These observations were made Beside his own observations the at a place called Charlotte-town, author of this memoir furnishes which, according to Mr. Wright's determination, is situated in 46° from the French, and communicate 13' of north latitude, and 62° 50' ed by the Rev. President Willard. of west longitude from Greenwich. By these observations times are In this account it is stated on the determined, when limbs of the authority of a gentleman, belong. sun and moon, and the sun's horns ing to' Yarmouth-Jebouge-Har- passed over the vertical and hori, þour, on the western coast of No. zontal wires of a telescope, and va-Scotia, that this eclipse, which when the eclipse ended, at a staexcited great attention in this part tion on Goat-Island in 41° 304 304 of the country, was total there for of northern latitude. a moment.
M. de Granchain also observed
the lunar eclipse of the 11th of IX. Observations of a solar e.
November, 1780, at the same clipse, October 27, 1780, made at place. And the memoir contains the university in Cambridge. Com; his observed times of the begin, municated by Caleb Gannett, A.M.
The observers of this eclipse at ning, immersion, and emersion of Cambridge were the Rev. Professor Wigglesworth, Mr. Gannett, XII. An account of the obser. and the Rev. John Mellen. They våtions made in Providence, in the did not perceive the beginning of state of Rhode Island, of the eclipse the eclipse, but noted very partic. of the sun, which happened the 23d ularly the disappearance and reap- day of April, 1781. By Benjamin pearance of various spots, which West, Esq. F.A.A. were then visible on the sun, and The quantity of the eclipse and the end of the eclipse. And these the time of its end were determin, may be compared with other cor- ed. And Mr. West calculated the responding observations; some at moon's diameter from the magni, tention having been paid to the tude of the eclipse and the length passage of the moon's limbs over of the chord, joining the cusps at solar spots by most of the astron the time of greatest obscuration. omers, who observed the eclipse. The quantity of the eclipse they Mercury, observed at Cambridge,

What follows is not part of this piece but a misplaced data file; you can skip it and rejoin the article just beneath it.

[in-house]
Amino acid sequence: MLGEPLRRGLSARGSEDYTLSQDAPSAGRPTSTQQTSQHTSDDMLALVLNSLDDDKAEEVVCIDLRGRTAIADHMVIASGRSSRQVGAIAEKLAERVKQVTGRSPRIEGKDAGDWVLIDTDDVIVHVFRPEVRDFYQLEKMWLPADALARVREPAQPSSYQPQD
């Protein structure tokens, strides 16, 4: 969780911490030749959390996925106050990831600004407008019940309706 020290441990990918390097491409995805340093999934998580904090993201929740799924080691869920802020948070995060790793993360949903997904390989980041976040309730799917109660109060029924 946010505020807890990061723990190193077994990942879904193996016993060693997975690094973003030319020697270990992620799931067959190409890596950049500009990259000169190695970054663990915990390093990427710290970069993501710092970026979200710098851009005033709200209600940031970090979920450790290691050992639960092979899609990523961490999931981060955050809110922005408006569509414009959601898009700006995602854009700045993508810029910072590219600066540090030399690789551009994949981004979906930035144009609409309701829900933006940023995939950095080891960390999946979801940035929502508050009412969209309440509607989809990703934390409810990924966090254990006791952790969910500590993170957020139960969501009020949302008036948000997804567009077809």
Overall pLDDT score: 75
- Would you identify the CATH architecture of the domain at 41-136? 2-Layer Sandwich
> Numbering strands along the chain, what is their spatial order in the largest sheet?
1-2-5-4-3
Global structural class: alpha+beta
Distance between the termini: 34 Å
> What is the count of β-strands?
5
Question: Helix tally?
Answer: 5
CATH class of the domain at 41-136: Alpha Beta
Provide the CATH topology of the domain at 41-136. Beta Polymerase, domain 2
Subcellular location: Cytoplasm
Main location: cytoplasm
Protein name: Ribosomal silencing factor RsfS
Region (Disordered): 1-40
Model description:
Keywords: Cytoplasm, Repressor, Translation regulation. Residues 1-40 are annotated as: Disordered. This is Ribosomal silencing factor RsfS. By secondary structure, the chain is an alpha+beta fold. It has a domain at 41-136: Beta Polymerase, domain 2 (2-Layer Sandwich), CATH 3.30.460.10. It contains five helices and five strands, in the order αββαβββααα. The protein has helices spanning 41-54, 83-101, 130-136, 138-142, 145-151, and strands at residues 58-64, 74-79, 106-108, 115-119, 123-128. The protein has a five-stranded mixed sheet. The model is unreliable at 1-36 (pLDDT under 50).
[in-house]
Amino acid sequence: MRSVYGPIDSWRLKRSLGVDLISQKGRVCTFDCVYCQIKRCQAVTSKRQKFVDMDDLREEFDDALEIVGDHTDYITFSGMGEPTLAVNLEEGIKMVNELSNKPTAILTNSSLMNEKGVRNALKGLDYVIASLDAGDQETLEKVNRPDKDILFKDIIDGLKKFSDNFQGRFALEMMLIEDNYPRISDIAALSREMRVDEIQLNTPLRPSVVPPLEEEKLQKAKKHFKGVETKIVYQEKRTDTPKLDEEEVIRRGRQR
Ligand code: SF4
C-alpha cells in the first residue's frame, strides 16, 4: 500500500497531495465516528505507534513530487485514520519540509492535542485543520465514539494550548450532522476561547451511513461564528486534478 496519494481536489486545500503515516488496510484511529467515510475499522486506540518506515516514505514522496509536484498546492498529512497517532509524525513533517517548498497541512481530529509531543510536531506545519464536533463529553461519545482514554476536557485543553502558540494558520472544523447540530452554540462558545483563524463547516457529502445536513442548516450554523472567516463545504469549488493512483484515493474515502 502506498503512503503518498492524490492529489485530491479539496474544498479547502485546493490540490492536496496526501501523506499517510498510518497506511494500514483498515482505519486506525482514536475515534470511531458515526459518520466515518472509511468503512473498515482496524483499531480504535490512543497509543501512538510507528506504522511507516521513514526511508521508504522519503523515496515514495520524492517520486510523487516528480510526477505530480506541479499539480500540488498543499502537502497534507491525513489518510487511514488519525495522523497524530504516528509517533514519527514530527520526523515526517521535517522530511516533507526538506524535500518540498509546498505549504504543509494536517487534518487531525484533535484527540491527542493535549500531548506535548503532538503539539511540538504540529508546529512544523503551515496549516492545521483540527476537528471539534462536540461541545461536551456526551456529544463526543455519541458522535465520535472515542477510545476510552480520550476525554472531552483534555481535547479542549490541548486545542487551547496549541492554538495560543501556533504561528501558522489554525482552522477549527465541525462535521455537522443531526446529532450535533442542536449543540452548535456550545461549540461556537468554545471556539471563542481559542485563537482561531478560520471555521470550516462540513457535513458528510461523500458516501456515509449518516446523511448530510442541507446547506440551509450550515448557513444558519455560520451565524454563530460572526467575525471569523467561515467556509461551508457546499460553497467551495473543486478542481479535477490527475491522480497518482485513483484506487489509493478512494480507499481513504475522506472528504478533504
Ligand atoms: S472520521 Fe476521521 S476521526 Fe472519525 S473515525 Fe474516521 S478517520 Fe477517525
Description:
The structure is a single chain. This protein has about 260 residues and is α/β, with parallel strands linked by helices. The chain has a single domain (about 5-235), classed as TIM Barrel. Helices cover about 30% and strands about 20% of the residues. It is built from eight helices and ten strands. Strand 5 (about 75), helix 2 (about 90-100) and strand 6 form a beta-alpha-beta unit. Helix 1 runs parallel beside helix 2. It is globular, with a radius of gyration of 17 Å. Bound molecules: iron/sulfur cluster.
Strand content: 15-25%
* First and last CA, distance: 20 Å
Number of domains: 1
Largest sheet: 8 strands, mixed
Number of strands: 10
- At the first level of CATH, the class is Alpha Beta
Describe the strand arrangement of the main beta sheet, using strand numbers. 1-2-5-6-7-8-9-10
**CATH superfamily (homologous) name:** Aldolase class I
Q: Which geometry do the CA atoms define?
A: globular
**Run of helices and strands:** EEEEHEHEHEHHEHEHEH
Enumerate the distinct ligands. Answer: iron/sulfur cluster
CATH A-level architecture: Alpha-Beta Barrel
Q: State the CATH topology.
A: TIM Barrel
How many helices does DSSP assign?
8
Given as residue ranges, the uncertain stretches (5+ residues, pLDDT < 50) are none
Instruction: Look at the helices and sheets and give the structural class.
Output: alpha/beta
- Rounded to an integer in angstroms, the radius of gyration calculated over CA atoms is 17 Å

XIII. Account of the transit of estimated at 11 digits.
November 12, 1782, By James X. An observation of a solar Winthrop, Esq, . P.A.A. eclipse, October 27, 1780, at Prov. Observations of this transit by idence. By Joseph Browne, Esq. Judge Winthrop are contained in
The beginning of the eclipse Professor Williams' account of was not seen, but the times, when those, which were made by him, the moon's limb first touched cer self and others. But, in the mes țain solar spots, were ascertained, moir before us, the author gives a and that of the end was noted by more particular relation, with some three observers. By measure additional facts and remarks. with a micrometer Mr. Brown de, termined the quantity of the e:
XIV. Observations of an eclipse clipse to be about 11 digits. of the moon, March 29, 1782, and
of an eclipse of the sun, on the 12th XI. Observatians of the solar of April, following, at Ipswich, lat. eclipse of the 27th of October, 1780, 429 38' 30". By the Rev. Manas. made at Newport, Rhode-Island, by seh Cutler, F.Å.A. Mons. de Granchain, Translated Relative to the lunar eclipsez,